We cannot wait to have Chelsea supporters back at Stamford Bridge, and those who are returning this weekend will find we have a made a couple of improvements to the stadium that will significantly enhance your matchday experience.

Christian Pulisic’s individual magic against Man City, Mason Mount’s free-kick on the final day of last season, Thiago Silva’s header in our most recent home game: all of these goals should have brought unadulterated joy to 40,000 people inside the Bridge. Sadly, the global pandemic has prevented any Blues fans heading to SW6 in recent months, until now.While we have been waiting for this day, we have been improving Stamford Bridge. Getting into the stadium will now be a smoother and quicker process because of upgraded turnstile readers, which also have the capability to read print@home tickets.Once you are inside the ground, bigger, brighter, better big screens await. The higher resolution and refresh rate of the new widescreens at either end of the ground will mean when you look up to see replays of goals, it will be a similar viewing experience to watching the game on television at home.A time-lapse video of their installation can be watched below.

Advancements in technology mean the screens, supplied by infiLED EM – part of the Bendac Group, will be far more impactful for fans, as they are now 25 per cent bigger in size and widescreen, providing a greater viewing experience for all around the ground. The screens have a much higher resolution through the use of SMD (surface mounted diode) LED technology, resulting in over one million pixels across the two displays, five times more than the previous displays.These are the fourth generation of big screens at Stamford Bridge. The first arrived in the mid-90s at the behest of chairman Ken Bates, following a visit to an American football stadium. They were two much smaller Daktronics square screens hanging from the inside of the North and South Stands, and their low resolution meant they were largely just used as a scoreboard and for basic advertisements.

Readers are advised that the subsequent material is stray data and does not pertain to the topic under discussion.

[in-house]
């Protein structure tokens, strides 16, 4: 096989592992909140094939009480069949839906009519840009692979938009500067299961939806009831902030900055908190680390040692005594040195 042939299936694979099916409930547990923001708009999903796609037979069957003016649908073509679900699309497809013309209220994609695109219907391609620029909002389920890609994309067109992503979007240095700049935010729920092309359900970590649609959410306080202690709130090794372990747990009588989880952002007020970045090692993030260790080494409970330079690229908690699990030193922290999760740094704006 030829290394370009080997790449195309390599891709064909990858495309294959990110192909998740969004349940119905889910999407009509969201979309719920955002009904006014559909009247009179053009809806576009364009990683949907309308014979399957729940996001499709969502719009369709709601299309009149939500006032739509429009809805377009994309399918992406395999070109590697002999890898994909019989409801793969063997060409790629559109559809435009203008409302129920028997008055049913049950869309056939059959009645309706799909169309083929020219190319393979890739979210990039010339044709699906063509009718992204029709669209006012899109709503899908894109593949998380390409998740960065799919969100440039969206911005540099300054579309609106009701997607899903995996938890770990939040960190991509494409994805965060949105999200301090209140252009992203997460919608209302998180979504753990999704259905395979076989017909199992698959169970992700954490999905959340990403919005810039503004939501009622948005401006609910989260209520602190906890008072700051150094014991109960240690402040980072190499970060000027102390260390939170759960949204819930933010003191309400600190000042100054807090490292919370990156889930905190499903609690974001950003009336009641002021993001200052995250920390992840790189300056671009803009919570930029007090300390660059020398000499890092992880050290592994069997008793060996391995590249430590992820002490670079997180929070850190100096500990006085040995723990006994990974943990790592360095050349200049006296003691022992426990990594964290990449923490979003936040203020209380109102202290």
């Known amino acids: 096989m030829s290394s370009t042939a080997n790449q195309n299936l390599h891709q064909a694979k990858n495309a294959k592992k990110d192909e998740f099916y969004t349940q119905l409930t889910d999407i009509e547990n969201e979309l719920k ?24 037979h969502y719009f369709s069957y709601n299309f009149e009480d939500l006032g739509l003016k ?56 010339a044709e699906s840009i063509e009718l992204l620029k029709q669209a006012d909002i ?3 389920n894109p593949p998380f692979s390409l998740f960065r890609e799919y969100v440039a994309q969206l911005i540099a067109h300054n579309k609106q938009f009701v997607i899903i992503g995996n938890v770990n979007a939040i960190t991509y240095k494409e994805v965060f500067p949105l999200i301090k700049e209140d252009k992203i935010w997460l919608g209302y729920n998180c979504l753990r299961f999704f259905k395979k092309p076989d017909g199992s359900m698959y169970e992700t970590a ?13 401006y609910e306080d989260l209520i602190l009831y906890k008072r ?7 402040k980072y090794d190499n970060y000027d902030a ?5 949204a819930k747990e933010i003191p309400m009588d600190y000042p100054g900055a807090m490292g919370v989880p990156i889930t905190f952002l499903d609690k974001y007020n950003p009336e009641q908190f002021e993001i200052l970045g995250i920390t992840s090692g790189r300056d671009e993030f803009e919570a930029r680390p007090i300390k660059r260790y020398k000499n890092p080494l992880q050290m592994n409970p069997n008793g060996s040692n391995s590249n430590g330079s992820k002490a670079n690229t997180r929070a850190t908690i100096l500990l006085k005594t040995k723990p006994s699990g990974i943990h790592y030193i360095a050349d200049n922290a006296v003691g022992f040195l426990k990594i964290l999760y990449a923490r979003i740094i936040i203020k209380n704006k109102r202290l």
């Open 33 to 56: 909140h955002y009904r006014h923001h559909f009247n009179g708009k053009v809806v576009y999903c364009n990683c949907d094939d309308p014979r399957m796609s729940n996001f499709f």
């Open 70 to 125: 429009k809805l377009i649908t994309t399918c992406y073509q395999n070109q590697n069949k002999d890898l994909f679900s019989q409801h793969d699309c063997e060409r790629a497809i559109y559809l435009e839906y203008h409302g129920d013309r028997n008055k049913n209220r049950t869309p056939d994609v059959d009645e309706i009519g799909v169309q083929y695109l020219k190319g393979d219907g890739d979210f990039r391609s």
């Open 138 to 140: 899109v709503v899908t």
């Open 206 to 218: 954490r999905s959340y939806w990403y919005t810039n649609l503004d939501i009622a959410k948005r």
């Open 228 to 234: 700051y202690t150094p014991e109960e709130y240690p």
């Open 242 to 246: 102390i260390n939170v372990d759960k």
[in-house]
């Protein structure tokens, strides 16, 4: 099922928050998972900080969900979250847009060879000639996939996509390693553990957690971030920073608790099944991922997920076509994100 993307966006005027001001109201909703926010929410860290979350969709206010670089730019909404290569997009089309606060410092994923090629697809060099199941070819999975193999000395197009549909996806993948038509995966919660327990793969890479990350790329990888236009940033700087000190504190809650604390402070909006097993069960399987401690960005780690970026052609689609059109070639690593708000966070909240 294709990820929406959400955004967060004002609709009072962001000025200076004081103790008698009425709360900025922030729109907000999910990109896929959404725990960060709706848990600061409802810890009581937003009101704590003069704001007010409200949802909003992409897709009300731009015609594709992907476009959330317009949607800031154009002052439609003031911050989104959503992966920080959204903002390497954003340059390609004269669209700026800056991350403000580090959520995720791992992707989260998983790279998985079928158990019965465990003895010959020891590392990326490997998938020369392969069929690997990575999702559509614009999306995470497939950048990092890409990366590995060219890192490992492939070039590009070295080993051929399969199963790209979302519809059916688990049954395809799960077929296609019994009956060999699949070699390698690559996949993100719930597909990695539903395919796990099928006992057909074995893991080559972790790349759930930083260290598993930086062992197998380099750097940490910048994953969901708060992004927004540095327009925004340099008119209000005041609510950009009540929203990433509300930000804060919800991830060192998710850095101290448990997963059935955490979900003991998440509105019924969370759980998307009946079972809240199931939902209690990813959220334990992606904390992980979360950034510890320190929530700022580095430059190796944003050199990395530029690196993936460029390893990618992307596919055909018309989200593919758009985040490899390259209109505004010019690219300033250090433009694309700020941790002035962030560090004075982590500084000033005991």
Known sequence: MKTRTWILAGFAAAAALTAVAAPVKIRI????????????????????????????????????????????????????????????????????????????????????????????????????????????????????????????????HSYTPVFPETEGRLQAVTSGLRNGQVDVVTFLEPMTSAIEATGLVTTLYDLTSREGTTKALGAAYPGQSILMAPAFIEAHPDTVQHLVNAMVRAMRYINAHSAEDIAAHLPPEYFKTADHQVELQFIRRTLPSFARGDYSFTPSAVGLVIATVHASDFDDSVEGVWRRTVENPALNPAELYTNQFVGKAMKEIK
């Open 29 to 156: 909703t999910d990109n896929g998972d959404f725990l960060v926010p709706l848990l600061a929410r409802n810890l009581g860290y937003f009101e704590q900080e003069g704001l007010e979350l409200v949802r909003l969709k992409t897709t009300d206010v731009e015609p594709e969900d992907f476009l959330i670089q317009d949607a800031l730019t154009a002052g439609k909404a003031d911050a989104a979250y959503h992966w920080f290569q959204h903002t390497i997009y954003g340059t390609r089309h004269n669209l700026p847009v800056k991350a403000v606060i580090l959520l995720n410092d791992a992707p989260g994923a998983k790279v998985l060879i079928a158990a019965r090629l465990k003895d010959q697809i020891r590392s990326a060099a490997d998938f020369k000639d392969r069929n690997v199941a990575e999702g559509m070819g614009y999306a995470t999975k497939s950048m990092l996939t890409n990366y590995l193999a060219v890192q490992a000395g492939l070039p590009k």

They were replaced at the start of this century by 58 square metre Phillips LED screens in 4x3 format. As one of the first LED screens put up in a stadium in this country, they were a vast improvement, and durable too, lasting over seven years.

The two screens just removed were first installed in the 2007/08 season. They were actually slightly different from each other, but showed further advancements in resolution and substance, and had been in place for well over a decade before the recent switch.

Prior to the big screens, Chelsea had electronic scoreboards situated at the back of the old North Stand terrace in the 1980s, very basic in the information they gave and although they occasionally encouraged support for the team, they are probably best remembered for the peculiar races they staged at half-time, with fans able to cheer (or even bet) on the outline of a ship against the outline of a train and other vehicles as they travelled from one side of the board to the other!

Click for information ahead of the Return of Fans